DH’s lab day rolled around again this week, and I always try to find something nearby to make the trip less routine. When I heard there was a still back in the hills, I knew what I wanted to do this time. At first, DH thought I had lost it. But since he is a design engineer, he did agree that seeing the process and machinery might be interesting.
My great grandfather was known to run a still in Crawford County, Kansas during Prohibition. During this time, Crawford County was nationally known for stills and moonshine production. Their drink was called Deep Shaft after the coal and lead mines that drew immigrants to the area for work. I wish I could know more about this man and his times. His copper pot was out in the country somewhere, but one family member remembered he often cooked at home later. Said you could smell the sour mash when you visited!
So I wanted to visit this modern day still just for fun. Like a Revenuer of the old days, we meandered the hills and hollers between Springfield and Branson. We finally found a sweet little log cabin nestled in a forested area. Two Shepard mix dogs met us with tails wagging. The tour lasted only about fifteen minutes because there isn’t much to brewing. There was the copper boiler for cooking….wooden barrels for storage while whiskey aged (some coming from Stone Hill near Herman, Missouri and others bought new from oak barrel manufacturer in Lebanon, Missouri)….a drill press where they bottled one bottle of white lightning at a time.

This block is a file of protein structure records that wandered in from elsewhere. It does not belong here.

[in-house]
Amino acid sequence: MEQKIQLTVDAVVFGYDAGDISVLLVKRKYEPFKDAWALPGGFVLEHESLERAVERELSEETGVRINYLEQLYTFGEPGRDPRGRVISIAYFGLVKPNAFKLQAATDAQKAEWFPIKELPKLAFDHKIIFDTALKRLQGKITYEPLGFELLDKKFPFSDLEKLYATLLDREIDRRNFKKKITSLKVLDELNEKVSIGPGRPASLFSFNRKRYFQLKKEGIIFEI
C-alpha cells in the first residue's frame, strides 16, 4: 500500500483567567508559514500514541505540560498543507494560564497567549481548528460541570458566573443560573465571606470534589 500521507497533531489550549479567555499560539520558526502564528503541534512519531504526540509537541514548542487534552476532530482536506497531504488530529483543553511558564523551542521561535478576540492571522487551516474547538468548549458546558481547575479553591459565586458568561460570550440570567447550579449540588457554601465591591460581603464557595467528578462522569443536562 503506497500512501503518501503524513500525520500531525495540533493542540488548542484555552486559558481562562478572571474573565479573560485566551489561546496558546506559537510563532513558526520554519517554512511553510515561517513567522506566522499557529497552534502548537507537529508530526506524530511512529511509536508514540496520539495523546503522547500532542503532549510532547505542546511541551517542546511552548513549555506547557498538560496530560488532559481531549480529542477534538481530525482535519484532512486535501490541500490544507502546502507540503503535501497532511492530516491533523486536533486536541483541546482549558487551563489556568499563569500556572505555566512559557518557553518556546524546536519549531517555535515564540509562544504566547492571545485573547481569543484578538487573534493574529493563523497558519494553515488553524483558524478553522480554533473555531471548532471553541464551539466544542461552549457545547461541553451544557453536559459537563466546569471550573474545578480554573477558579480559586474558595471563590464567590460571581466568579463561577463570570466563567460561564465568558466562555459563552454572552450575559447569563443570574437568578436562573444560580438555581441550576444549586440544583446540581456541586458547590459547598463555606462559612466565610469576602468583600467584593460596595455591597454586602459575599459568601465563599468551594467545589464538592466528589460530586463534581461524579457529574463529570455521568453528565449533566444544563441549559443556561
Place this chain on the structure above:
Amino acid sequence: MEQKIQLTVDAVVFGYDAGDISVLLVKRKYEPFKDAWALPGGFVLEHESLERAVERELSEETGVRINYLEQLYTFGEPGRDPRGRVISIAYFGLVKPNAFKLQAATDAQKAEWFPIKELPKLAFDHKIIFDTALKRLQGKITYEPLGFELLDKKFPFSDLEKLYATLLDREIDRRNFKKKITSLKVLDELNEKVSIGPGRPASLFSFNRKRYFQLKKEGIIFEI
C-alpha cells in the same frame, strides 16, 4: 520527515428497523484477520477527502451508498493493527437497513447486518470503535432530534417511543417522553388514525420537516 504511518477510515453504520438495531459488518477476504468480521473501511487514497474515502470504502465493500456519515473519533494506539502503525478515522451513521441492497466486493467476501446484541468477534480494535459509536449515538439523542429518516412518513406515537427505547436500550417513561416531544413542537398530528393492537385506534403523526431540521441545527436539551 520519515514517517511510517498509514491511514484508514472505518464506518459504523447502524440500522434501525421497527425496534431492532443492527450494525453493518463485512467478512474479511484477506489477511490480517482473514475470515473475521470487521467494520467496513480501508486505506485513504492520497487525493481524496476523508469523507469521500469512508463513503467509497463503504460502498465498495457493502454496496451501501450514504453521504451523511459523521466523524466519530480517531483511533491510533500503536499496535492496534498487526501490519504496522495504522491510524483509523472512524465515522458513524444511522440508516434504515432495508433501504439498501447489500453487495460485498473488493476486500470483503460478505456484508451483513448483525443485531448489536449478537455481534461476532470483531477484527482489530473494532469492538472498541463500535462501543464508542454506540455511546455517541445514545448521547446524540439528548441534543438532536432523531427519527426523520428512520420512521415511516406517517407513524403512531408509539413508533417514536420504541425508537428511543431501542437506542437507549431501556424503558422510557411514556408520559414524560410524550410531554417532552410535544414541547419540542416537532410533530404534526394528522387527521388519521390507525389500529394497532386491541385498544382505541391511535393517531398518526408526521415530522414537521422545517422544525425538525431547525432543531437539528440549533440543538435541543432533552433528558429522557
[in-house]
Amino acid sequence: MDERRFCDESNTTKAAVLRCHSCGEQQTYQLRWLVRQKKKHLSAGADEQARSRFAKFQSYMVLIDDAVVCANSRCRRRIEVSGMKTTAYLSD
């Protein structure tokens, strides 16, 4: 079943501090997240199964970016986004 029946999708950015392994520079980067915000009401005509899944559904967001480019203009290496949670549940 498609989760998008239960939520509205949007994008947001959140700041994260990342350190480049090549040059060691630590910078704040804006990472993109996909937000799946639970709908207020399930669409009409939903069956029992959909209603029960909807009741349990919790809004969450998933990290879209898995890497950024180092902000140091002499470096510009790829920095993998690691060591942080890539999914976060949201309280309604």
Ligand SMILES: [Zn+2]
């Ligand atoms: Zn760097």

The Copper Run distillery of Walnut Shade, Missouri had a nice little tasting room for samples and where they made cocktails that included music on Friday nights. Now we stepped up to the bar for samples just for the heck of it. Even the smidge they put in a shot glass, was too much and we shared. I can’t see how folks can drink that stuff! Moonshine is not tasty to me! Burr…it made me shudder, just the touch I took on my tongue! But I did learn things and found the process interesting. True moonshine is clear as water. When you let it age, it becomes whiskey and you get the amber color. A fact I distorted a bit in a piece of fiction I wrote.
Finding ourselves close to Branson, we went on in to town for lunch and then walked around the Landing a bit. Now DH is NOT a shopper, but I had a couple of places I wanted to hit quickly. One was DEVO, a store of nothing but balsamic vinegars and olive oils. I wanted the oils until I tasted the flavored vinegars! Some had as much kick as moonshine but better tasting to me. I brought home their flavor of the month which was blueberry balsamic and a peach white balsamic vinegar. Yum, I can’t wait to use them.
Then before we left the area, I wanted to check out Hollister, Missouri, a tiny little berg known for its Old English style. Author Janet Dailey and her husband have bought the hotel named Old English Inn and have restored it to its original beauty. The staircase is gorgeous. Rooms are reasonable and the price includes breakfast in the little restaurant that is part of the project.
The day was disappearing and we both tired early. Although weathermen said the day was to be cooler by some, we found the heat strong enough to fatigue us. So home we came with our moonshine trip behind us.
The spring issue of the Oklahoma Review carries one of my still stories. If you are interested in reading, go to the table of contents page (http://www.cameron.edu/okreview/index.html and click Spring 2012 issue) to seek out a short story called DEEP SHAFT.